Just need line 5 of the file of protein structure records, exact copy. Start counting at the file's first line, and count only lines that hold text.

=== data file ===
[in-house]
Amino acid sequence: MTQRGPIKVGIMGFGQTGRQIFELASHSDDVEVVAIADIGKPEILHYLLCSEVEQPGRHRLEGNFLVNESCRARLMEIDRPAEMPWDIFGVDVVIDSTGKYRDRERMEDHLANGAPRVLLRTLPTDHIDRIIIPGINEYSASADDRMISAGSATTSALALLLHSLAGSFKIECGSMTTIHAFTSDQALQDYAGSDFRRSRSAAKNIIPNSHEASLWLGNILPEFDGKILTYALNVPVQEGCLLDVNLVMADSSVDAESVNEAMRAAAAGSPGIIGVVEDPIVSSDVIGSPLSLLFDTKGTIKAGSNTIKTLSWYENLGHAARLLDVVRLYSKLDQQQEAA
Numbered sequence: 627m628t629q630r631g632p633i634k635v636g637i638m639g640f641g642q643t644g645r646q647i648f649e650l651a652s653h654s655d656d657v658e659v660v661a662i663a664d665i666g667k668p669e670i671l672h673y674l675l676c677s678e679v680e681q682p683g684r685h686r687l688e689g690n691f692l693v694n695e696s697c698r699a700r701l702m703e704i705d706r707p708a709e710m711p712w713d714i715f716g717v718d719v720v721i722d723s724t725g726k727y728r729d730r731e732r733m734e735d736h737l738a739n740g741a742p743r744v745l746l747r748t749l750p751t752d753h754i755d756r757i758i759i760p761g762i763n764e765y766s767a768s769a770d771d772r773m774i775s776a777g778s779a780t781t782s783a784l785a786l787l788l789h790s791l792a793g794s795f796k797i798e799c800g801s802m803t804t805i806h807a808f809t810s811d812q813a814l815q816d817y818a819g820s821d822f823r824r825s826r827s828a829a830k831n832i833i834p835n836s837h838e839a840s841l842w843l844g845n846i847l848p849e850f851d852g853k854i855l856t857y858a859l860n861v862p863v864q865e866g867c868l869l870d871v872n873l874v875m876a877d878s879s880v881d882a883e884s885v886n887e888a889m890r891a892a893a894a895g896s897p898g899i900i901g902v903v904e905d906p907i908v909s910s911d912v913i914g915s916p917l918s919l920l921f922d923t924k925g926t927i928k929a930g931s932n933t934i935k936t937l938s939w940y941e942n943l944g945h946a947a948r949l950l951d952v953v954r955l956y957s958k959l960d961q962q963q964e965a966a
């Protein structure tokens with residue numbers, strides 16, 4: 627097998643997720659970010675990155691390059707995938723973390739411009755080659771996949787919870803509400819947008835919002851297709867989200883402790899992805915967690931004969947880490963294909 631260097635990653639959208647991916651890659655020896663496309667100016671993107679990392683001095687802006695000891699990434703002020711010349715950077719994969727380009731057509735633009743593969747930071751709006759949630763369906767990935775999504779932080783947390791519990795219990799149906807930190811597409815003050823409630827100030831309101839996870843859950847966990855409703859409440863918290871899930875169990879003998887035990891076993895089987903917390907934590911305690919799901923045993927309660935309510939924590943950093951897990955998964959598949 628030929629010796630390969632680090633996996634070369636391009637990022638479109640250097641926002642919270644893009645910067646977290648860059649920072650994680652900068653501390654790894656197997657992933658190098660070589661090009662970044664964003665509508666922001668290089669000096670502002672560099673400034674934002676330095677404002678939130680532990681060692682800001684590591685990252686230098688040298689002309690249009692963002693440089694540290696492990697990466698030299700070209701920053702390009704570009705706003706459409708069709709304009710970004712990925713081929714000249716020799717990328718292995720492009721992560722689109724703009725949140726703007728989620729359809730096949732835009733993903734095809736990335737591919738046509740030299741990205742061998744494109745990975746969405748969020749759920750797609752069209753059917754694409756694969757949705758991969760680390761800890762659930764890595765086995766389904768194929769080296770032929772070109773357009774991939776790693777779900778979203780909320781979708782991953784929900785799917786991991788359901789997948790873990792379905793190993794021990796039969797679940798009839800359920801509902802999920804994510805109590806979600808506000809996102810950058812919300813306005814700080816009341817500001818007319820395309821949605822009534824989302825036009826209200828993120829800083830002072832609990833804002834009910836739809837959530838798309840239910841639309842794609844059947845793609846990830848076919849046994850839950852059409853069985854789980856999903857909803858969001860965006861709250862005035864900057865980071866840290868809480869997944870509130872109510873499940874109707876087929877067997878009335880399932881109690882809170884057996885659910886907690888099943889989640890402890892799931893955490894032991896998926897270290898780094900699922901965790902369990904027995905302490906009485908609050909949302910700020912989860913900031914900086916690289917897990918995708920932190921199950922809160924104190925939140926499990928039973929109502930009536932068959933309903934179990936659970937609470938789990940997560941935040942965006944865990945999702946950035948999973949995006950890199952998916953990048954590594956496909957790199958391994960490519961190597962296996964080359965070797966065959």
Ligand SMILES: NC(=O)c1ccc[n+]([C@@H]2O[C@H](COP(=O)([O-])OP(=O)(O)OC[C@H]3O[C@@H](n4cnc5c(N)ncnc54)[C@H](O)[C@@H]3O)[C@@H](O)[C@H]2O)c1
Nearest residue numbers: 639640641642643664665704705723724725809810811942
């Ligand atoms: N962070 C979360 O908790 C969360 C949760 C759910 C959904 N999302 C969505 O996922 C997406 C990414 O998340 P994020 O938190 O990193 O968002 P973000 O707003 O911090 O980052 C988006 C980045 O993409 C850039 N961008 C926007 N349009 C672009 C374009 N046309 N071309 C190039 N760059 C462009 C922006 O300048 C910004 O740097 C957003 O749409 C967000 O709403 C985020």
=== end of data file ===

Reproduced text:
Ligand SMILES: NC(=O)c1ccc[n+]([C@@H]2O[C@H](COP(=O)([O-])OP(=O)(O)OC[C@H]3O[C@@H](n4cnc5c(N)ncnc54)[C@H](O)[C@@H]3O)[C@@H](O)[C@H]2O)c1